Swearing in Quebec II.

We’ve discussed the topic before, but Chi Luu (“a computational linguist and NLP researcher who tinkers with tiny models and machines to uncover curious mysteries in human language”) has a good piece at JSTOR Daily that takes a historical approach; after describing the sacres (and providing a couple of delightful video clips to illustrate them, including Laurent Paquin’s “Chant sacré”: “Ostie d’câlisse de sacrament/Ciboire de saint Ostie…”) goes on to ask:

So how did this come to be? How do seemingly harmless words in languages around the world start to develop a second life as taboo words which connote emotional extremes and are then considered offensive or harmful? How do good words go bad?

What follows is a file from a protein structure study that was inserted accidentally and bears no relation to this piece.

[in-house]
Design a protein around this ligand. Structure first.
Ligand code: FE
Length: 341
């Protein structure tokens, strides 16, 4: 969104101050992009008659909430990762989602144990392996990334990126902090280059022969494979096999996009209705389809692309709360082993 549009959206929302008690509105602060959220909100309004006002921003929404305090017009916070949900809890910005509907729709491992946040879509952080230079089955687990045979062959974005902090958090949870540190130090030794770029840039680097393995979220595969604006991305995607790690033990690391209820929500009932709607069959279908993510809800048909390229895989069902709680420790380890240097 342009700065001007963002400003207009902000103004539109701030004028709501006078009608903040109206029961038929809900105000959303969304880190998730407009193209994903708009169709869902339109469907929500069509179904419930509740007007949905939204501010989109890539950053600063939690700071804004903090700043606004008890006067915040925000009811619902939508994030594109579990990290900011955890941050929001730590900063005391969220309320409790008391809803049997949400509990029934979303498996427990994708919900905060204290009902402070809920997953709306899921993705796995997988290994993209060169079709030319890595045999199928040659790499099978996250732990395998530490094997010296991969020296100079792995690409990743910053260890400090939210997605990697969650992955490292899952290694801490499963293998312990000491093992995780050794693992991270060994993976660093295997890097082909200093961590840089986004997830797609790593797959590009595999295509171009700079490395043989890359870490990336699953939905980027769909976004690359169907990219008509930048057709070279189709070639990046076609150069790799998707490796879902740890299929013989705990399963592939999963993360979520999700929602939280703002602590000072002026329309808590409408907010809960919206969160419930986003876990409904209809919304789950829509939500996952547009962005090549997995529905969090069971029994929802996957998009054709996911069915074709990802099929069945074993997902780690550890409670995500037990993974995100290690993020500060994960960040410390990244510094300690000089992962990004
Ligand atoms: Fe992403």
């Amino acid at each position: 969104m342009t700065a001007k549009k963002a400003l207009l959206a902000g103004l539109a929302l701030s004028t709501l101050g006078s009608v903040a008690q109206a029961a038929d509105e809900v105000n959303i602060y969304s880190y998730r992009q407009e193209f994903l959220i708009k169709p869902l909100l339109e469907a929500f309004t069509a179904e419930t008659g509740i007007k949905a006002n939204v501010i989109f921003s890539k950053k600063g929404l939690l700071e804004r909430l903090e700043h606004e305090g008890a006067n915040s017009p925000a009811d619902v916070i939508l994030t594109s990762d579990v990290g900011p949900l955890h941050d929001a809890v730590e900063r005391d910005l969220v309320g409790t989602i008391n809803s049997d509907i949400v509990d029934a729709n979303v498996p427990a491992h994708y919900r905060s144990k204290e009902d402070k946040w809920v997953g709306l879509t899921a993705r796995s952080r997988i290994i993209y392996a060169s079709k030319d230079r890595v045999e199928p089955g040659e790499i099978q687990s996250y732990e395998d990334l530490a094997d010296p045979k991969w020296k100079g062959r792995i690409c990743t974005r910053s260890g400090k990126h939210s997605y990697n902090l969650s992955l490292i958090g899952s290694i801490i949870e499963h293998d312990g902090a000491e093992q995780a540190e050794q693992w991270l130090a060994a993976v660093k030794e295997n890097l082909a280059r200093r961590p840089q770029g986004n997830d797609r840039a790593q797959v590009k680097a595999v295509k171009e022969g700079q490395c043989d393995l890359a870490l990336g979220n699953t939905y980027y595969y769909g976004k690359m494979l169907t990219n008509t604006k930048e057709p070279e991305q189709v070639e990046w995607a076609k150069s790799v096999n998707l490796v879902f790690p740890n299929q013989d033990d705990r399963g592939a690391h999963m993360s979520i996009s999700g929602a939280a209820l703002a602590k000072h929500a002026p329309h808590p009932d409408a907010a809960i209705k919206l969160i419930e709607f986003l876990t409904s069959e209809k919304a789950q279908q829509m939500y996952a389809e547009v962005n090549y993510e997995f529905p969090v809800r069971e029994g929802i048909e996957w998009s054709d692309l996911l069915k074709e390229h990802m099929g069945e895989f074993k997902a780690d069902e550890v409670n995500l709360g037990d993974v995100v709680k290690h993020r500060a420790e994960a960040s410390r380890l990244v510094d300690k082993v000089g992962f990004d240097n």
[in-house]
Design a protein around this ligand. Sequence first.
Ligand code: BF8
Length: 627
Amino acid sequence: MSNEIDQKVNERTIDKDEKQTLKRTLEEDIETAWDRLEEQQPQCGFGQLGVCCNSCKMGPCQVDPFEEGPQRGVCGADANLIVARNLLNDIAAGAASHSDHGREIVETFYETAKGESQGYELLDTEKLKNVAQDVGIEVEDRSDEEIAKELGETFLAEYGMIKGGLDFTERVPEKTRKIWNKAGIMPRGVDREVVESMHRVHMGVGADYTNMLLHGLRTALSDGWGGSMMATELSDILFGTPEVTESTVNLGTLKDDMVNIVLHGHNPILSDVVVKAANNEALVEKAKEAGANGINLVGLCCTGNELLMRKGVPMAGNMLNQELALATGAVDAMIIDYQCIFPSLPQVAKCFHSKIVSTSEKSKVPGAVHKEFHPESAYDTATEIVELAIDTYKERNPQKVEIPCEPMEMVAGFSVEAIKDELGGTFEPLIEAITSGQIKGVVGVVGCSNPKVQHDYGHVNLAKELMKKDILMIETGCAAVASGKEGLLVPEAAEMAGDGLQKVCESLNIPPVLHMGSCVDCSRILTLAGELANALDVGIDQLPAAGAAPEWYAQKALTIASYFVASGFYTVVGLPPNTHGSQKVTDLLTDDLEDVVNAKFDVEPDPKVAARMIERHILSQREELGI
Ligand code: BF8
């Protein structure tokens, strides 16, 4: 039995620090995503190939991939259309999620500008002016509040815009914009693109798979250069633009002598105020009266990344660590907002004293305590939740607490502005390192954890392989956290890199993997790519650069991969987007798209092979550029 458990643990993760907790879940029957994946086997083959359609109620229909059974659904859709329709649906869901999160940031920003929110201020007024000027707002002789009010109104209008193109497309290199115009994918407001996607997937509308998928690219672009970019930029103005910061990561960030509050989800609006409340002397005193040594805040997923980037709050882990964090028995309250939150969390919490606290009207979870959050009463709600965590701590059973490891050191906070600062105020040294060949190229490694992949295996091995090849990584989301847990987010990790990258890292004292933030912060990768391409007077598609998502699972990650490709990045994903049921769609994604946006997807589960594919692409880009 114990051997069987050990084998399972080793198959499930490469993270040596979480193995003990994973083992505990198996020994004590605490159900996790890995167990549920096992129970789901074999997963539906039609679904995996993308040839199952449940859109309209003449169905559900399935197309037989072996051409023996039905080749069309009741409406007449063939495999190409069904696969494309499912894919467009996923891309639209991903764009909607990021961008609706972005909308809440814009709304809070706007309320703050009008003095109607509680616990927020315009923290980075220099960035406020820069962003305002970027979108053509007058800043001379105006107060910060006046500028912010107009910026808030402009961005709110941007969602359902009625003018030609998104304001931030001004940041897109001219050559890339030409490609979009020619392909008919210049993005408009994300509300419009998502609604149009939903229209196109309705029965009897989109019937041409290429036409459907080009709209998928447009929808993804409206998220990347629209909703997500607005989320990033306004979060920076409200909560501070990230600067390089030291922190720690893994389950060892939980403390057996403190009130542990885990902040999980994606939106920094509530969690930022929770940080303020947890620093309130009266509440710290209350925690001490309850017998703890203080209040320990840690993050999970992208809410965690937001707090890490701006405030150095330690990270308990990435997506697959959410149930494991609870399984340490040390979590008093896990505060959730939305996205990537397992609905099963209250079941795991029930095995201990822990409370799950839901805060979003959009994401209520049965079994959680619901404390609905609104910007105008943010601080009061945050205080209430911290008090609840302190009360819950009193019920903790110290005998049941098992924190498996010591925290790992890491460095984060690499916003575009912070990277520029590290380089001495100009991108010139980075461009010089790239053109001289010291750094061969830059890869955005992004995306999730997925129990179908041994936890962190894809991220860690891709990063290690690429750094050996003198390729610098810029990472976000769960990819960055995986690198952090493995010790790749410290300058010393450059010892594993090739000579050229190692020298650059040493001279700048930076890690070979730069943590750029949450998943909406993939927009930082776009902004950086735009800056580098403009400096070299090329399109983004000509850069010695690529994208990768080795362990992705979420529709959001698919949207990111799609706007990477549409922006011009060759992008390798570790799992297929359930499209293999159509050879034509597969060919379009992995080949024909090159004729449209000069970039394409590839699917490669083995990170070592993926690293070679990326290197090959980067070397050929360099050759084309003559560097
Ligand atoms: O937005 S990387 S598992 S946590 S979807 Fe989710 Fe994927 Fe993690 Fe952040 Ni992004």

She has lots of interesting links, and concludes:

The more these taboo words are used in novel ways, the more diluted their efficacy and power. Across the years, it is the tenuous balance of taboo speech use or prohibition that can turn formerly innocuous words into terms that are mad, bad and dangerous to know.


  1. Once, when I was having a group discussion with some of my (20-something) peers, I noticed that goddamn (adj.) actually sounded stronger to me than fucking – because of the overuse of the latter. I have no moral objection to swearing, but it does bug me when it approaches the level of a verbal tic.

  2. John Cowan says

    The use of disease names in Dutch swearing is an even clearer example of this.

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